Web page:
Bring Your Own Device (BYOD) Advantages and Disadvantages – 1

Bring Your Own Device (BYOD) program has its own advantages and disadvantages. This article, the first in the three article series – talks about the good and bad of BYOD. The other two articles work to create a proper BYOD policy and find out mistakes to avoid while implementing it. Before proceeding to talk about the benefits of BYOD and its negatives, let us check out how the system is implemented.

What is Bring Your Own Device or BYOD

What is BYOD

Bring Your Own Device system has been around for a while and is gaining momentum as more and more businesses opt for the system. Under the BYOD structure, employees use mobile devices that allows them to:

  1. Use same device for personal and office use
  2. Work from anywhere

I can classify BYOD into two distinct categories: (a) first one is where companies allow usage of employee owned devices and (b) second one where companies buy mobile devices for the employees. In each case, the implementation will differ slightly. For example, if the company is providing the device, it probably will block installations of things that are distracting: Angry Birds, for example. Also, the company may use secret software to see what you have been doing on the device. Of course, they will allow private use of the devices but that will be a little restricted.

Simply put, BYOD is a system where employees carry a mobile device that they can use to work from anywhere (using the office VPN in most cases).

BYOD Advantages

The first thing that comes to mind when talking about BYOD, is cost savings in different forms. In most cases, we assume you already own a mobile device and your company reconfigures it for business use. If that is the case, the business saves on buying the devices.

As of now, the practice of using employees’ existing device is not much implemented. Rather, companies themselves buy the mobile devices, configure it and give them to the employees – in which case, the employees benefit in the following two ways:

  1. They connect to the Internet using the office VPN thereby saving on the Internet costs;
  2. They can work from anywhere using the same device for both business and personal uses. This relieves them from carrying more than one mobile device for personal use. Issues will arise here that might irk employees. We will talk about these issues in the negatives of using BYOD system in businesses.

Since the employees can work from anywhere, the overall productivity increases. Employees who might not make it tooffice due to bad weather or traffic, can work from home or anywhere else. This saves on employees’ absence that would otherwise lead to delay in projects. In case an employee needs to leave the office early, they can later cover the pending work. For example, if an employee has an appointment, s/he can leave early, meet the doctor, go home and work from there to complete the day’s targets.

BYOD also serves as a selling point. People prefer to work with companies that allow a single mobile device for both business and personal uses. If it is the traditional workplace, people may not be allowed to take their personal devices inside the office. I have seen workplaces where they do not allow even employees’ cellphones inside. That, compared to being able to use a single device for both personal and business work, is a big turn off. In other words, companies with a solid BYOD system in place tend to attract better employees.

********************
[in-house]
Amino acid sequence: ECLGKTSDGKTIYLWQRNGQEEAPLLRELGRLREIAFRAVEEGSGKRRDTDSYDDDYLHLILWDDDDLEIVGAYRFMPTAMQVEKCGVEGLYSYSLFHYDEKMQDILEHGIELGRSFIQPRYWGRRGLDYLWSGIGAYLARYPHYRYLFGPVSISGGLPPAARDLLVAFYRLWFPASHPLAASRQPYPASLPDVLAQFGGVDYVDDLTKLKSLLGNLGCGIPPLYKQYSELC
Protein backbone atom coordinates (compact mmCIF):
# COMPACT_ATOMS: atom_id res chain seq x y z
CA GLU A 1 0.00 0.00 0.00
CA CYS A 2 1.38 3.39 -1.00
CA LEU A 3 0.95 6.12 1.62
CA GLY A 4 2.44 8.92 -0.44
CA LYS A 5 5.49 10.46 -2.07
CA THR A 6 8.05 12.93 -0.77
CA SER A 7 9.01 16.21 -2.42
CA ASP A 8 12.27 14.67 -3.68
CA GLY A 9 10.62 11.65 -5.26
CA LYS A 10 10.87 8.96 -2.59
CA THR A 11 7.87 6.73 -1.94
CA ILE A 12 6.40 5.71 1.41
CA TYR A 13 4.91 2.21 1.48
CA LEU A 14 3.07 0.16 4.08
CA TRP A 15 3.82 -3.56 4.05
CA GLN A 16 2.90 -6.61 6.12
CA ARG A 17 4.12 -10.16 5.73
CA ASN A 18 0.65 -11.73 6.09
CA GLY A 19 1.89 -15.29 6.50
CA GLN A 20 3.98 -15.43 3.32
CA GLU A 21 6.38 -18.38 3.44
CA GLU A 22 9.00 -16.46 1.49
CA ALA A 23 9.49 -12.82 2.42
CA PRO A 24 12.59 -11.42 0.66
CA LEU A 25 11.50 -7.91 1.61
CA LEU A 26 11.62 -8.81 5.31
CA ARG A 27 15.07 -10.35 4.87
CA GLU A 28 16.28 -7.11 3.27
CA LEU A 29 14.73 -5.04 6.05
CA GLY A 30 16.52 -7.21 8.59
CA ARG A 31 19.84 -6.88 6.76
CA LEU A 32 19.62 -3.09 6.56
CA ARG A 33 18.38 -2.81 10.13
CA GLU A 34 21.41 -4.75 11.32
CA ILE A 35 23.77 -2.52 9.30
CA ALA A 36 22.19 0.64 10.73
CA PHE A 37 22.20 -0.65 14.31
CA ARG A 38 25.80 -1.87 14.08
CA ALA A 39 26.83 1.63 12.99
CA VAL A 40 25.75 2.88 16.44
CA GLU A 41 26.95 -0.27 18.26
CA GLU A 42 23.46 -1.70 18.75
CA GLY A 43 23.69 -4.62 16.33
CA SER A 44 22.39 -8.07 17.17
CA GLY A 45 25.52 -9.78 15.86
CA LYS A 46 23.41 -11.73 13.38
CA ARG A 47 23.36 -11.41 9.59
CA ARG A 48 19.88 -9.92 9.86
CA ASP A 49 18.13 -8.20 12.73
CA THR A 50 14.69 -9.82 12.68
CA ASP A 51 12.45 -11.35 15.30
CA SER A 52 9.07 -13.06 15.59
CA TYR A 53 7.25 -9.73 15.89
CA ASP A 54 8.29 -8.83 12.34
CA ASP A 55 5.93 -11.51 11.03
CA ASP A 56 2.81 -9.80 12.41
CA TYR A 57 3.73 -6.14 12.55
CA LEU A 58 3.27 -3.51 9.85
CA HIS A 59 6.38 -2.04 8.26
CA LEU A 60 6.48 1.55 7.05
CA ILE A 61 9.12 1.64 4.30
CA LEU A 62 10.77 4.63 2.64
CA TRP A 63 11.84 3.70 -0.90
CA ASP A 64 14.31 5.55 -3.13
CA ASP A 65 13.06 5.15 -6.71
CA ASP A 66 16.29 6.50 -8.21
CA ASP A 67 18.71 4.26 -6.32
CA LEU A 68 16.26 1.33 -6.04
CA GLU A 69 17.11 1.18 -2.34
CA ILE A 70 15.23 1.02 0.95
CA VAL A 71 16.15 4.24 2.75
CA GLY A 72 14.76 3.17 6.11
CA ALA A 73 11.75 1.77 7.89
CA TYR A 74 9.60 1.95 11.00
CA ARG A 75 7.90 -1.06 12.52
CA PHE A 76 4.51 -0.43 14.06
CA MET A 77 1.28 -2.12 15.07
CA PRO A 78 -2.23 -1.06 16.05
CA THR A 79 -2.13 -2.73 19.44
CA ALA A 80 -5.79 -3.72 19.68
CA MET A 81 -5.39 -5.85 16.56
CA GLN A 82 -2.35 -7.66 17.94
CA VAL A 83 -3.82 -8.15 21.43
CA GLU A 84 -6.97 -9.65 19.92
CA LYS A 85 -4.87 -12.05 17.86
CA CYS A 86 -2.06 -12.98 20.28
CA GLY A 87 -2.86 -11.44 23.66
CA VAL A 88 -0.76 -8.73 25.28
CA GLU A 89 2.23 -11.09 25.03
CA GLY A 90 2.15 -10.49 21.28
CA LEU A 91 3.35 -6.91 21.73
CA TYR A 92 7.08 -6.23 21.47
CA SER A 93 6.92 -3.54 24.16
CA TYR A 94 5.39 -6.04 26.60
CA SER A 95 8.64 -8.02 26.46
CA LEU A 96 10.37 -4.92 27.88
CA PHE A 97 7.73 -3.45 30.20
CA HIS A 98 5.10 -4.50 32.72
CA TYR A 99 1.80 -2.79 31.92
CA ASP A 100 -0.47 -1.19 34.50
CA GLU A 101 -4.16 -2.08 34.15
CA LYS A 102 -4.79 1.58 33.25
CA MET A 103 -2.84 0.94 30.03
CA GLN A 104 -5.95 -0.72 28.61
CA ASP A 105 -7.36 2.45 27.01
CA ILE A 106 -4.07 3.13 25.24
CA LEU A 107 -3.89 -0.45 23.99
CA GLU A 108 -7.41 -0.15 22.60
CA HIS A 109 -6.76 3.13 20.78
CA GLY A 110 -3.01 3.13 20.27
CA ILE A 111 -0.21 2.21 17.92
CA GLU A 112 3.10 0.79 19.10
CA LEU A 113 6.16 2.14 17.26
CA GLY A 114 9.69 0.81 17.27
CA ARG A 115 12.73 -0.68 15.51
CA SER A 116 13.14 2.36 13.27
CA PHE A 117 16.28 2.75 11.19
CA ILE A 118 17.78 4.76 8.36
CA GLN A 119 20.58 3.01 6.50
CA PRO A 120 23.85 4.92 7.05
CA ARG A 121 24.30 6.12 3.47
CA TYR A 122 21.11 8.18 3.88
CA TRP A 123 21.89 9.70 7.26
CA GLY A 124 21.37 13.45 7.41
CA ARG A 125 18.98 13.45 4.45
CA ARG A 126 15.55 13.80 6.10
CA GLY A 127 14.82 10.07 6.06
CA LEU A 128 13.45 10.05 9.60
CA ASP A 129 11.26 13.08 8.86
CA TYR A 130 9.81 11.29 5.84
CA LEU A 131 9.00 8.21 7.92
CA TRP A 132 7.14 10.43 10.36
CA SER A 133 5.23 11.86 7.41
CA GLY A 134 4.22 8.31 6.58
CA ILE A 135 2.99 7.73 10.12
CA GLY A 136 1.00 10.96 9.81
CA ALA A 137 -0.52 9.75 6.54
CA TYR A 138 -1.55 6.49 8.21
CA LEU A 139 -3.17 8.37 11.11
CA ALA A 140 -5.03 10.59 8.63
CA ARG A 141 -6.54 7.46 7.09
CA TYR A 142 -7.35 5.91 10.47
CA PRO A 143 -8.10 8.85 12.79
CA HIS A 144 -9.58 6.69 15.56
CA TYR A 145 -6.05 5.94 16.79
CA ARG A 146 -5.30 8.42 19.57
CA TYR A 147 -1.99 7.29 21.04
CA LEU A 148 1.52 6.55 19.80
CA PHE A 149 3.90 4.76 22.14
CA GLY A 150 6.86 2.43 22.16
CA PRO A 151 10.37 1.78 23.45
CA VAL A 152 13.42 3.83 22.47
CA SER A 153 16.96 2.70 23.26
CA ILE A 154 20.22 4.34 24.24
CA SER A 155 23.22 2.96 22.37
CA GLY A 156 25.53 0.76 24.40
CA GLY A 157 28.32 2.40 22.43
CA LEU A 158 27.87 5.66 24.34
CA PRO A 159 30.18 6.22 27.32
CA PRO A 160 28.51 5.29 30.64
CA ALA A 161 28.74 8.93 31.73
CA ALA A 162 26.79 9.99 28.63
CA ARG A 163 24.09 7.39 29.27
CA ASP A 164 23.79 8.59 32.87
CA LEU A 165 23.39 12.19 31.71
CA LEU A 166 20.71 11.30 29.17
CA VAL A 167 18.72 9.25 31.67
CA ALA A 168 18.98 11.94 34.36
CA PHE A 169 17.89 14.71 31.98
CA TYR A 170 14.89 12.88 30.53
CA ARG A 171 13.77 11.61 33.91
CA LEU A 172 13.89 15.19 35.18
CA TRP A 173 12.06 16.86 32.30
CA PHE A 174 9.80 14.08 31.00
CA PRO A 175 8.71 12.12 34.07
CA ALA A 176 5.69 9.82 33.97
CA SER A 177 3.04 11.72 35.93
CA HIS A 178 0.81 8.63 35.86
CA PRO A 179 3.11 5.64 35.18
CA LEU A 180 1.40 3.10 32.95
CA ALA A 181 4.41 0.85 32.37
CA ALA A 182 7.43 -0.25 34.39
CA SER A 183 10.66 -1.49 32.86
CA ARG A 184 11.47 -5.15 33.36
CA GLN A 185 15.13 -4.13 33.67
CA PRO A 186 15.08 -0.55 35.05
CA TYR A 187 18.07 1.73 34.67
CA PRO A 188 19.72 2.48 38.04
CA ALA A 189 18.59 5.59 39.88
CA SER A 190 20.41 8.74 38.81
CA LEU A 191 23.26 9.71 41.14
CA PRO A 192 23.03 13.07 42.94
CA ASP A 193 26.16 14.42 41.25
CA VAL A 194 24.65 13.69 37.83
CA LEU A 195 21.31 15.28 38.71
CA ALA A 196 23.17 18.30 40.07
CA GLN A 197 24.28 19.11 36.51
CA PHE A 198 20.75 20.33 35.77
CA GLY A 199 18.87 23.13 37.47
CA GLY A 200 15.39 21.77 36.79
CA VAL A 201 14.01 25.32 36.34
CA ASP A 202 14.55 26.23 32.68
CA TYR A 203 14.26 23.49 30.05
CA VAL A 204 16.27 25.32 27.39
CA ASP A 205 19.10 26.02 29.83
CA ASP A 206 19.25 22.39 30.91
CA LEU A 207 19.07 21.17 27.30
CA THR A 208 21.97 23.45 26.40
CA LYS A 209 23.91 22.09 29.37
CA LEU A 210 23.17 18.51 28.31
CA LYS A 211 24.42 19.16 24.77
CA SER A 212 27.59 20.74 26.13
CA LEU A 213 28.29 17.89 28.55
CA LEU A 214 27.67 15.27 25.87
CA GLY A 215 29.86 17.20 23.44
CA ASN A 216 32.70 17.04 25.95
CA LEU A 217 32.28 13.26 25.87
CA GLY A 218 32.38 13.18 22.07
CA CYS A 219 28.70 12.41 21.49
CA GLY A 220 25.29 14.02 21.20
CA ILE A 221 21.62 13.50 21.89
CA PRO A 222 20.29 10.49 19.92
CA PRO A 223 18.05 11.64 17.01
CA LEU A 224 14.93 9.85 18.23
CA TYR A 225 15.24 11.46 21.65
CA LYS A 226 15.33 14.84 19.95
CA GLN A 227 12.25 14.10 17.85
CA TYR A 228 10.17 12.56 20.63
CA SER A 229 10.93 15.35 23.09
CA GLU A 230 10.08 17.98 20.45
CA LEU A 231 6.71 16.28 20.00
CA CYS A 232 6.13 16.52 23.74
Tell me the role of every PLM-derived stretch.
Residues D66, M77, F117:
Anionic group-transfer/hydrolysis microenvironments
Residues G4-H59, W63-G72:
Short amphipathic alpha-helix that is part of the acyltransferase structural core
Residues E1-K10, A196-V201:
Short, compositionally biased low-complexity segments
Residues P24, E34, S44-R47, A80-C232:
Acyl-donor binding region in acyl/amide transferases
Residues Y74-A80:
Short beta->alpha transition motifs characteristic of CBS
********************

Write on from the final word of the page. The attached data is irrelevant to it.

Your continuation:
Read: Bring Your Own Device Setup and Settings in Windows 10.

BYOD Disadvantages

Again, the first one is the cost factor. Unless the company believes in allowing employees’ existing devices for business, they will be spending money on buying the equipment. Add to it, the usage of Internet for personal purposes will only increasing the spending. Still, because there are other benefits attached such as mobility and better productivity, most companies are shifting to BYOD systems.

For the employee, the turn-offs could be restrictions placed on the device. I am yet to come across any employee who says organizations prohibit personal installations in BYOD atmosphere. Still, the organization’s policy might go to the extent of saying NO to games and certain websites.

Another cause of concern for employees is their privacy. If they use Facebook, Twitter or something similar, the company may be able to know the login credentials. Personally, I do not believe corporate houses will go that far on snooping but the possibilities exist. Another aspect is recording or logging employee actions on the device that may give out information they won’t want to share with anyone. An example could be using the device to download a pirated movie.

The most argued concern or the negatives of BYOD system is the security of company’s data. Of course, the employees can access only a part of it but that part might still be enough to give out important information to others – knowingly or unconsciously. There should be a proper policy as to what the employees can share with others as well as a good exit policy: to be implemented when the employee leaves the company. A good option would be to transfer all the business data to another computer and shred the data files from the employees’ device.

We will work on creating a proper Bring Your Own Device policy in the next article of the series – and have a look at Possible BYOD Mistakes too.. For this article, if you know of more advantages of BYOD or if you can point out more disadvantages of the BYOD system, please share with us.

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Arun Kumar is a Microsoft MVP alumnus, obsessed with technology, especially the Internet. He deals with the multimedia content needs of training and corporate houses. Follow him on Twitter @PowercutIN